I will give my next point a caveat, in that women’s availability during this Coronavirus pandemic is up in the air. Having said that, since Wrestlemania, weekly TV has become Charlotte Flair Hour on all three shows. She already has the NXT Women’s Championship round her waist. Now, though, not only is she sewing (more) dissension between Bayley and Sasha Banks on Smackdown, but she is also throwing her hat in the ring with regards to the Raw Women’s Championship (at the time of writing). Is all this really necessary? If there are enough women available to flesh out weekly programming, then why is she being presented front and centre in such an overbearing manner?
The part where this gripe has little merit for me is Charlotte’s undoubted star power. Yes, she doesn’t move the needle as far as the oh so sacred Nielsen ratings are concerned. Yet, her crossover record up is up there with the highest in the company currently. Television, radio, or magazine interviews. Charity contributions and red carpet appearances. You name it, and Charlotte Flair has most probably worn the t-shirt. She carries herself with such professionalism and poise, she’s an easy choice to have as a representative. “If you’re gonna do it, do it with Flair” isn’t just a puntastic catchphrase. It’s a mindset Flair has nurtured that sees her as an overall marquee act in the company.
Inevitably, then, one can understand why Charlotte is such a prominent face on WWE television. She may cast a long shadow over many of her peers. The IWC may raise their pitchforks high as a result. Unfortunately for us, however, with such appeal in mediums out with the squared circle, Charlotte is here to stay. Possibly even in spite of the vitriol she receives for her place in WWE’s hierarchy and lore.
One who seems to have weathered a once fatal storm, brewed up by the IWC itself, is none other than Seth Rollins. Last Fall, Rollins’ popularity with the die hards had reached an all time low after a wildly divisive Hell in a Cell match with The Fiend. To add insult to injury, it was around that time when Rollins took to social media defending WWE’s honour in an admittedly and unnecessarily smug manner. After losing the Universal Championship to Bray Wyatt in Saudi Arabia, that incarnation of Rollins at the time had run its course. All the way into the ground.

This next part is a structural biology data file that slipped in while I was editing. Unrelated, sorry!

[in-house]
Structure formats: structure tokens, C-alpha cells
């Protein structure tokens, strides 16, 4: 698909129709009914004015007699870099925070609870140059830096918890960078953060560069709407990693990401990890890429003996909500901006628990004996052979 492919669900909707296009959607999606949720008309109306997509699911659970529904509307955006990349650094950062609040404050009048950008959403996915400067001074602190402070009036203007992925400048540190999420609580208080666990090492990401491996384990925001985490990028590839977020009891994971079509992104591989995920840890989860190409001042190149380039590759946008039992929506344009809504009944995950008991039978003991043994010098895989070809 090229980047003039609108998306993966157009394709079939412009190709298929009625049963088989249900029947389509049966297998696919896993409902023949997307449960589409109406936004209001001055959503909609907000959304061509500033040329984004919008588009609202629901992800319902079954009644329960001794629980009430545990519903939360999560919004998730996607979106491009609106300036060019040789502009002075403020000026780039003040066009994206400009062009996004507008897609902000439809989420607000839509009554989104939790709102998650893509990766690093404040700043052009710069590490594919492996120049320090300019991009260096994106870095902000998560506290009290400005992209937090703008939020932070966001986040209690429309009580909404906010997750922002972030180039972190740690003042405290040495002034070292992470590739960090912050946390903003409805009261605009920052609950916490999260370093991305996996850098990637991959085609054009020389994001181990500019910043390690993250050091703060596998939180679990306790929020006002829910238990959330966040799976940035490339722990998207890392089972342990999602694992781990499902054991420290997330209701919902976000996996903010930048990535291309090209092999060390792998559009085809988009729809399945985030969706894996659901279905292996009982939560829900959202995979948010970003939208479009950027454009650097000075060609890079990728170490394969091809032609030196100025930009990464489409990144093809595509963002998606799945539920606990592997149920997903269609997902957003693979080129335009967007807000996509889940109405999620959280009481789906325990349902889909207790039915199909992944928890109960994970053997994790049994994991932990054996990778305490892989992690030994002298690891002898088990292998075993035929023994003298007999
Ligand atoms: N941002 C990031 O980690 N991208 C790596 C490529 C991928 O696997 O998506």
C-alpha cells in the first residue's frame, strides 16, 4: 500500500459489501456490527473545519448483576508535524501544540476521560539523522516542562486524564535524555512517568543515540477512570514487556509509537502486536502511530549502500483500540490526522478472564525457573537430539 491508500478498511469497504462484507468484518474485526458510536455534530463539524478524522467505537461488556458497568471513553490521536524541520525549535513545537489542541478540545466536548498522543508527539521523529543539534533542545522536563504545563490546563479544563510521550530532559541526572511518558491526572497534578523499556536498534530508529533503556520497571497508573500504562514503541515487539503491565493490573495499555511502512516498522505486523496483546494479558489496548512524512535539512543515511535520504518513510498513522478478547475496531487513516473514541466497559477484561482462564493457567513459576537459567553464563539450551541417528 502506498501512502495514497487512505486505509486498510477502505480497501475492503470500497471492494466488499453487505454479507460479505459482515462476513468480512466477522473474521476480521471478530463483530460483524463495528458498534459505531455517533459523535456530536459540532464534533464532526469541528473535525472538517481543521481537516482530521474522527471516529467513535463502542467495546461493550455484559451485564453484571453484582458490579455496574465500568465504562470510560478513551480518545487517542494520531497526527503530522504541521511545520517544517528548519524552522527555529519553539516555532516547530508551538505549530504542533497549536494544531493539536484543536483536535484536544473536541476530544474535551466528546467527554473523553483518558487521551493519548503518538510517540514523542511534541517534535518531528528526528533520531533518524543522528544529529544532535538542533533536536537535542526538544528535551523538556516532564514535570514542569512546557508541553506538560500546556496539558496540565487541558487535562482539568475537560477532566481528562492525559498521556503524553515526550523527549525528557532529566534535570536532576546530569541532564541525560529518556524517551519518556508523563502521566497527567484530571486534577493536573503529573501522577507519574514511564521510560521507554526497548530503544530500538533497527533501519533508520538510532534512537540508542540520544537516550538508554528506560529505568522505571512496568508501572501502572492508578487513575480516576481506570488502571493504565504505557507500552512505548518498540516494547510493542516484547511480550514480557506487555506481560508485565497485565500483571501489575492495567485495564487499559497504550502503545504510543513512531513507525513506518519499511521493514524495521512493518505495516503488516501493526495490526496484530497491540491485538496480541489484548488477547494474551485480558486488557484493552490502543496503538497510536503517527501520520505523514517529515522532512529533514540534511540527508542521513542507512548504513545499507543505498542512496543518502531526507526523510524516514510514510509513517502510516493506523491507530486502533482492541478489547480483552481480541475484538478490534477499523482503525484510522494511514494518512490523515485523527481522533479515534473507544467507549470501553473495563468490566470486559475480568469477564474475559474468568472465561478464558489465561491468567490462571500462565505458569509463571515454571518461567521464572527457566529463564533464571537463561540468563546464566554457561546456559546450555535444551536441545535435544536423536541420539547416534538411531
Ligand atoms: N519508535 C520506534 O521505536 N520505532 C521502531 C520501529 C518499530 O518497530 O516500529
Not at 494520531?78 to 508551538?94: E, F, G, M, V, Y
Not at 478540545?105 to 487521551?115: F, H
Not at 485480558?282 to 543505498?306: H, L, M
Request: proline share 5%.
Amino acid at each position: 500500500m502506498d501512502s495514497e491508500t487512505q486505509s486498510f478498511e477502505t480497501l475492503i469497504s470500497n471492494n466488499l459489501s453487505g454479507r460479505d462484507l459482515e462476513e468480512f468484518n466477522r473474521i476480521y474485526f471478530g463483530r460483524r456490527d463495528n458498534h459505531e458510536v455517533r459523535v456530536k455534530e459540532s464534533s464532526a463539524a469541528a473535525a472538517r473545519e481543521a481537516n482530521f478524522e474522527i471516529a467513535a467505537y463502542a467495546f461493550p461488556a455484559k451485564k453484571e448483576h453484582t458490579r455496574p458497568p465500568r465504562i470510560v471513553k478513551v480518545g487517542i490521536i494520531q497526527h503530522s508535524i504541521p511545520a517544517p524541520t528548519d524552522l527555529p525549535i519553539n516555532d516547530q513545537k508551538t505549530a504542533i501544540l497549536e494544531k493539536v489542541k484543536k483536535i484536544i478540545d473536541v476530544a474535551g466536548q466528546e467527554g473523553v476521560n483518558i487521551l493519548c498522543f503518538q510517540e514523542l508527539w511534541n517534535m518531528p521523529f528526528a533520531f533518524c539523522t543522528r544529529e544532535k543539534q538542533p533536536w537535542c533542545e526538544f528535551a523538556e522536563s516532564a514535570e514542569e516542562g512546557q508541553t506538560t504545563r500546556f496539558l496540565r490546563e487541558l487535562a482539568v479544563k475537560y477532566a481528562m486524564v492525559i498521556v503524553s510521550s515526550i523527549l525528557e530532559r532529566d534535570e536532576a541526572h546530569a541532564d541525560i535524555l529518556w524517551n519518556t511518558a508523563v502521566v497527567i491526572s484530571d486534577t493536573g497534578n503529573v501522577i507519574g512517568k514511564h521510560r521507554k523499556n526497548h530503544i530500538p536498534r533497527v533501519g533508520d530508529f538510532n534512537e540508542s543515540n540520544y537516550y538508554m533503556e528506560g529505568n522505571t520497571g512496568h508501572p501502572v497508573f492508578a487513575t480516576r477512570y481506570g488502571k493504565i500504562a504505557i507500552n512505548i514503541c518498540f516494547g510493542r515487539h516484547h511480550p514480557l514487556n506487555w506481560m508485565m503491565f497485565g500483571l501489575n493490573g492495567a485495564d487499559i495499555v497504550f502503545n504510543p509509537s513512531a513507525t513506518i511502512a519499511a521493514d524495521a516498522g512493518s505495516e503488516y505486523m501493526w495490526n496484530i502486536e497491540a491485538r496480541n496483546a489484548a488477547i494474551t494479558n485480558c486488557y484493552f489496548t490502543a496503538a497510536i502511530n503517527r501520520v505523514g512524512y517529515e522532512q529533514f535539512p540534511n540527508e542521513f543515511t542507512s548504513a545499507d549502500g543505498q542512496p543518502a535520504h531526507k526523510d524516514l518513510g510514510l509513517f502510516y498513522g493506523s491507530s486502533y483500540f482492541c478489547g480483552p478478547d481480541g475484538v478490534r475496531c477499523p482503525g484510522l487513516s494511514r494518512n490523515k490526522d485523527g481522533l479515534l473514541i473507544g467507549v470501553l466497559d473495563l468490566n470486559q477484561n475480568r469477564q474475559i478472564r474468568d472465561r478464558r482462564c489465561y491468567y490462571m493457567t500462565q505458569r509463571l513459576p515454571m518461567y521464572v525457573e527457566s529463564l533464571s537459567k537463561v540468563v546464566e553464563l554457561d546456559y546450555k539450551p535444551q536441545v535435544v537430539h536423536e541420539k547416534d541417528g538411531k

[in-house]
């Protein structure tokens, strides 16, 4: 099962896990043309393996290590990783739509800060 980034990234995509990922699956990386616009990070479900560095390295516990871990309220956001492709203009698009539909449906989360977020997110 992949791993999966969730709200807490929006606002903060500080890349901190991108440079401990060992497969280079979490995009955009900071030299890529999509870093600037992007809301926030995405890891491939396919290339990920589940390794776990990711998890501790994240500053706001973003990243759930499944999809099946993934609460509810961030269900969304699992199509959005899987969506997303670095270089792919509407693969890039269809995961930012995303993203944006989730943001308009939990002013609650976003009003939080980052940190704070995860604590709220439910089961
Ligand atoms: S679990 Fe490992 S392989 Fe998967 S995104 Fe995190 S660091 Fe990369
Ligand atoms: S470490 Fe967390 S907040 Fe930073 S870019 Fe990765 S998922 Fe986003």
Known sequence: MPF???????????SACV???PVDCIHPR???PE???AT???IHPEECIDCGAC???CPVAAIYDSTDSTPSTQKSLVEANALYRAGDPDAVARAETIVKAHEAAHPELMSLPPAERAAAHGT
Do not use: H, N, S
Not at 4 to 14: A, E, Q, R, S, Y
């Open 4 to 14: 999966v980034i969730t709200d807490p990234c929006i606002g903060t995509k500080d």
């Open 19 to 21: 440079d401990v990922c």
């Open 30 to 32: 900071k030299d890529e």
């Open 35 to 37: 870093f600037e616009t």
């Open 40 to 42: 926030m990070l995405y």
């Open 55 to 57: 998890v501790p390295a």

How ironic was it, then, when this current version of The Architect began to slowly take shape? One that has formed into the Monday Night Messiah; a wrestler preaching from on high of how he is the saviour we’ve all been looking for. He’s become more megalomaniacal and sanctimonious than Authority Seth ever was. He now embodies the priggish persona he portrayed himself as on Twitter all those months ago. I say ironic, because I’ll be damned if Seth and those around him haven’t been among the more compelling programs on Raw for the same amount of time.
Just like Charlotte Flair, Rollins has made his motto a reality. In rebuilding, redesigning, and reclaiming himself (again), he has taken all disdain the IWC served up for him and returned it back down the court with absolute assuredness. If this isn’t an example of “working” the fans, then I don’t know what is.
It’s possible that these examples are actually partly responsible for the tangible successes WWE has achieved since wrestling and social media became so enmeshed with one another. We may rub our eyes in disbelief over Street Profits and Viking Raiders shooting hoops or throwing axes. We may, too, post videos showing us cancelling our Network subscription after comedy act Otis Dozovic’s Money In The Bank victory earlier this month. Regardless of all of this, WWE will continue to do the very things that piss off the company’s loudest detractors the most.
Will it be on purpose? The recent decision making surrounding Edge, Orton, Flair, and Rollins at least hint at an affirmative on that one. Maybe, though, it is simply that those critics’ biggest gripes don’t fall in line with current conventional interest. That those underutilised fan favourites just don’t “draw” like the select few who dominate WWE’s screens do. Or that the hokey match taglines and slapstick segments do more financially for WWE than the bitterest among us want to admit. It might feel like WWE are at a creative low point right now. Alternatively, it might just feel worse than normal due to the voiceless now having a voice.
Either way, the practice of working the fans has been at the heart of wrestling for decades. And it’s not going away anytime soon. So with that, all hail King Corbin, ya bunch of nasties. Because it’s Boss Time, and will remain so for just nine ninety-nine (first month free)!
Let me know your thoughts on the above column in the comments below, or @RickyandClive on Twitter.
Read my previous Brand Extension columns here.